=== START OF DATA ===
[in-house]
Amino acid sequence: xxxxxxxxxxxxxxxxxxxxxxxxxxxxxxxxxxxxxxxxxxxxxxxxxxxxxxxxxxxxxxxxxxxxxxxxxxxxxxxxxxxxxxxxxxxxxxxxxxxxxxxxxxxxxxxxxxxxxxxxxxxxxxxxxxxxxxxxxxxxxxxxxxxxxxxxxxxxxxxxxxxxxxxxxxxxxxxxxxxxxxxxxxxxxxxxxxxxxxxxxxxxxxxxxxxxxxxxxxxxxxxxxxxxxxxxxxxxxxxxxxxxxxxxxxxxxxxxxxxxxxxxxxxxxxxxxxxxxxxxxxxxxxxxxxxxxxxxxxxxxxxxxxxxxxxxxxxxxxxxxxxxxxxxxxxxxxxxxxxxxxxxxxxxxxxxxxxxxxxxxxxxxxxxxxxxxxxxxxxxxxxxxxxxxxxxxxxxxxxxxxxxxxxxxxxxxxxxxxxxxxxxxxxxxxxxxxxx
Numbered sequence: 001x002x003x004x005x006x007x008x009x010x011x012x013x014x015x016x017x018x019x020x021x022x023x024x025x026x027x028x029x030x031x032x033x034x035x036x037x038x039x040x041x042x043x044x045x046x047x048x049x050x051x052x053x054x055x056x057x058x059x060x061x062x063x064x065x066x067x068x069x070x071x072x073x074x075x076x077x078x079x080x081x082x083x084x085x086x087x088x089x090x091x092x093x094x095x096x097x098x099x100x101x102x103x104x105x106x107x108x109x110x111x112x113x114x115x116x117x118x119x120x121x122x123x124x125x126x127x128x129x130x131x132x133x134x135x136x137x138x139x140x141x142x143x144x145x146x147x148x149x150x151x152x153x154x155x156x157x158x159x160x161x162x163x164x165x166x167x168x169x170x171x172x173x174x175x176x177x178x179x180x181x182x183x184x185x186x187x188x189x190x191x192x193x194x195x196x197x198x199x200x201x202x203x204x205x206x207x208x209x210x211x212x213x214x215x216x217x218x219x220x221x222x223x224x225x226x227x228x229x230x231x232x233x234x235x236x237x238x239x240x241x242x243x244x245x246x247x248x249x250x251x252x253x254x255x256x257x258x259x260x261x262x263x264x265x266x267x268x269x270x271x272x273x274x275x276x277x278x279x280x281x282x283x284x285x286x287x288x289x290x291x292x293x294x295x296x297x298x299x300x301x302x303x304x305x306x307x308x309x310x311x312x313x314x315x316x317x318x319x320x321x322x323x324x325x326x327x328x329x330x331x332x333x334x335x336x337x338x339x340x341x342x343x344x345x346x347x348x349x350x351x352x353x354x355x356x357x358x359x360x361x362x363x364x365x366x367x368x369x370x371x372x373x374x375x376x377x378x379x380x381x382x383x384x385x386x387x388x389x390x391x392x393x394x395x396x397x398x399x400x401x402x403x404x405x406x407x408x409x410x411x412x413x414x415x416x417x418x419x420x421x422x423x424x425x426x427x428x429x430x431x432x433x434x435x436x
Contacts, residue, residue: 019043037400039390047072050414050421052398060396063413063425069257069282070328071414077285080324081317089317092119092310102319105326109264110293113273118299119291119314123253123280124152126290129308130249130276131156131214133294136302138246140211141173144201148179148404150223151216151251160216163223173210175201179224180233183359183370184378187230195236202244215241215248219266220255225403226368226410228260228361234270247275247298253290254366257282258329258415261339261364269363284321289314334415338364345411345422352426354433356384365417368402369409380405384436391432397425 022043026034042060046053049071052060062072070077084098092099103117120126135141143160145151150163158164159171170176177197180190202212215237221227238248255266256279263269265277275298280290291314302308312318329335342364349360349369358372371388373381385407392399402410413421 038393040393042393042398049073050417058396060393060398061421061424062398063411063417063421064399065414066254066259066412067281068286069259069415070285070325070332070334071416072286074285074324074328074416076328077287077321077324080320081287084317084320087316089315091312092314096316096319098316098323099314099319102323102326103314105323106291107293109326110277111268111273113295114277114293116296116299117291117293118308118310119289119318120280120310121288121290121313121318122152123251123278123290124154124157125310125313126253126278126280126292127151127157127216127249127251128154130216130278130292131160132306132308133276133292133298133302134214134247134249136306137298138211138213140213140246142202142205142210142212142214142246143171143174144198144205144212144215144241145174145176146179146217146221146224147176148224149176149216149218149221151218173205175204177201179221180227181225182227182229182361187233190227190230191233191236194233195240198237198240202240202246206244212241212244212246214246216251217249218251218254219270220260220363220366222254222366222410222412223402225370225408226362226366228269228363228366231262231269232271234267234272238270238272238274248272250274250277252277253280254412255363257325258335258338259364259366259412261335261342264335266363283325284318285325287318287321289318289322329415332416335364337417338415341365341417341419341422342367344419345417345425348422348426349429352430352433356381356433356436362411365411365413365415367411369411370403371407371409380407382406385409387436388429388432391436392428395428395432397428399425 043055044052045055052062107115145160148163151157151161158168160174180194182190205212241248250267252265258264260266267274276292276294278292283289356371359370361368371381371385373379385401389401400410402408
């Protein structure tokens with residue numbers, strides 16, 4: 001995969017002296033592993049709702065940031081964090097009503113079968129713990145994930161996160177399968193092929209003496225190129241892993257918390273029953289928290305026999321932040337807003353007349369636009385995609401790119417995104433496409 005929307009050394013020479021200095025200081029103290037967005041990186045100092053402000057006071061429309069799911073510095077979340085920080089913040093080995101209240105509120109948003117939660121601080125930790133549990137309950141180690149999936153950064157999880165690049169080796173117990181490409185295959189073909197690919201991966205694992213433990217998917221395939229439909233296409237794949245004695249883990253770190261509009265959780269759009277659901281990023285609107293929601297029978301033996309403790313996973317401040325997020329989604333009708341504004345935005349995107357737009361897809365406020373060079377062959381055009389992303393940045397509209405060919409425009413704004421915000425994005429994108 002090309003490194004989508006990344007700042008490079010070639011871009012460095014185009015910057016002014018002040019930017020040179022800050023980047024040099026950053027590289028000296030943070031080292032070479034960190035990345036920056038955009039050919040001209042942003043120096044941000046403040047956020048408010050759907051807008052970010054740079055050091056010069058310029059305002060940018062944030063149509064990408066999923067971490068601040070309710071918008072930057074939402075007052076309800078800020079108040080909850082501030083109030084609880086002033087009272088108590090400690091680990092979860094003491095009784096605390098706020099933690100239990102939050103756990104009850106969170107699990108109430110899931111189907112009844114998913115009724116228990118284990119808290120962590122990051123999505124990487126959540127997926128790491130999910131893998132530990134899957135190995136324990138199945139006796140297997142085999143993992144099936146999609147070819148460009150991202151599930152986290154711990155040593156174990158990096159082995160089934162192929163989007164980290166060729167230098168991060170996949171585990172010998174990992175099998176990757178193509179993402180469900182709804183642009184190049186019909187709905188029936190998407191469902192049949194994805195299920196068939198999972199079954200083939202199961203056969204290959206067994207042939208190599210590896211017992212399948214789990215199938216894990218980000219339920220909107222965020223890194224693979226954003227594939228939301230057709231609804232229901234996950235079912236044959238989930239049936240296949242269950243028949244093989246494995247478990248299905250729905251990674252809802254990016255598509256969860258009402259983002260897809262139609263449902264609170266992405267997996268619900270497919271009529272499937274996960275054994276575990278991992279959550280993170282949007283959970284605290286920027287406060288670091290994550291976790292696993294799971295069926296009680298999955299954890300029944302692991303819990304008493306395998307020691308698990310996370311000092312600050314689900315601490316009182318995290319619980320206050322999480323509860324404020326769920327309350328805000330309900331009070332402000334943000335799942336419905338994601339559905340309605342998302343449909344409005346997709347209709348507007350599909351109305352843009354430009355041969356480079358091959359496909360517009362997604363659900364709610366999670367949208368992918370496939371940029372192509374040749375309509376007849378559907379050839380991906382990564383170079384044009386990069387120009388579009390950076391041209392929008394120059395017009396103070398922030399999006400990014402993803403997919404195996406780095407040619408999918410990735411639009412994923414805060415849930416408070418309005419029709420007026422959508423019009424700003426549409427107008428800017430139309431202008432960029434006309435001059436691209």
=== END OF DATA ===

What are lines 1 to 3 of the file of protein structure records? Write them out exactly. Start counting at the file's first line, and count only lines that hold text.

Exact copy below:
[in-house]
Amino acid sequence: xxxxxxxxxxxxxxxxxxxxxxxxxxxxxxxxxxxxxxxxxxxxxxxxxxxxxxxxxxxxxxxxxxxxxxxxxxxxxxxxxxxxxxxxxxxxxxxxxxxxxxxxxxxxxxxxxxxxxxxxxxxxxxxxxxxxxxxxxxxxxxxxxxxxxxxxxxxxxxxxxxxxxxxxxxxxxxxxxxxxxxxxxxxxxxxxxxxxxxxxxxxxxxxxxxxxxxxxxxxxxxxxxxxxxxxxxxxxxxxxxxxxxxxxxxxxxxxxxxxxxxxxxxxxxxxxxxxxxxxxxxxxxxxxxxxxxxxxxxxxxxxxxxxxxxxxxxxxxxxxxxxxxxxxxxxxxxxxxxxxxxxxxxxxxxxxxxxxxxxxxxxxxxxxxxxxxxxxxxxxxxxxxxxxxxxxxxxxxxxxxxxxxxxxxxxxxxxxxxxxxxxxxxxxxxxxxxxx
Numbered sequence: 001x002x003x004x005x006x007x008x009x010x011x012x013x014x015x016x017x018x019x020x021x022x023x024x025x026x027x028x029x030x031x032x033x034x035x036x037x038x039x040x041x042x043x044x045x046x047x048x049x050x051x052x053x054x055x056x057x058x059x060x061x062x063x064x065x066x067x068x069x070x071x072x073x074x075x076x077x078x079x080x081x082x083x084x085x086x087x088x089x090x091x092x093x094x095x096x097x098x099x100x101x102x103x104x105x106x107x108x109x110x111x112x113x114x115x116x117x118x119x120x121x122x123x124x125x126x127x128x129x130x131x132x133x134x135x136x137x138x139x140x141x142x143x144x145x146x147x148x149x150x151x152x153x154x155x156x157x158x159x160x161x162x163x164x165x166x167x168x169x170x171x172x173x174x175x176x177x178x179x180x181x182x183x184x185x186x187x188x189x190x191x192x193x194x195x196x197x198x199x200x201x202x203x204x205x206x207x208x209x210x211x212x213x214x215x216x217x218x219x220x221x222x223x224x225x226x227x228x229x230x231x232x233x234x235x236x237x238x239x240x241x242x243x244x245x246x247x248x249x250x251x252x253x254x255x256x257x258x259x260x261x262x263x264x265x266x267x268x269x270x271x272x273x274x275x276x277x278x279x280x281x282x283x284x285x286x287x288x289x290x291x292x293x294x295x296x297x298x299x300x301x302x303x304x305x306x307x308x309x310x311x312x313x314x315x316x317x318x319x320x321x322x323x324x325x326x327x328x329x330x331x332x333x334x335x336x337x338x339x340x341x342x343x344x345x346x347x348x349x350x351x352x353x354x355x356x357x358x359x360x361x362x363x364x365x366x367x368x369x370x371x372x373x374x375x376x377x378x379x380x381x382x383x384x385x386x387x388x389x390x391x392x393x394x395x396x397x398x399x400x401x402x403x404x405x406x407x408x409x410x411x412x413x414x415x416x417x418x419x420x421x422x423x424x425x426x427x428x429x430x431x432x433x434x435x436x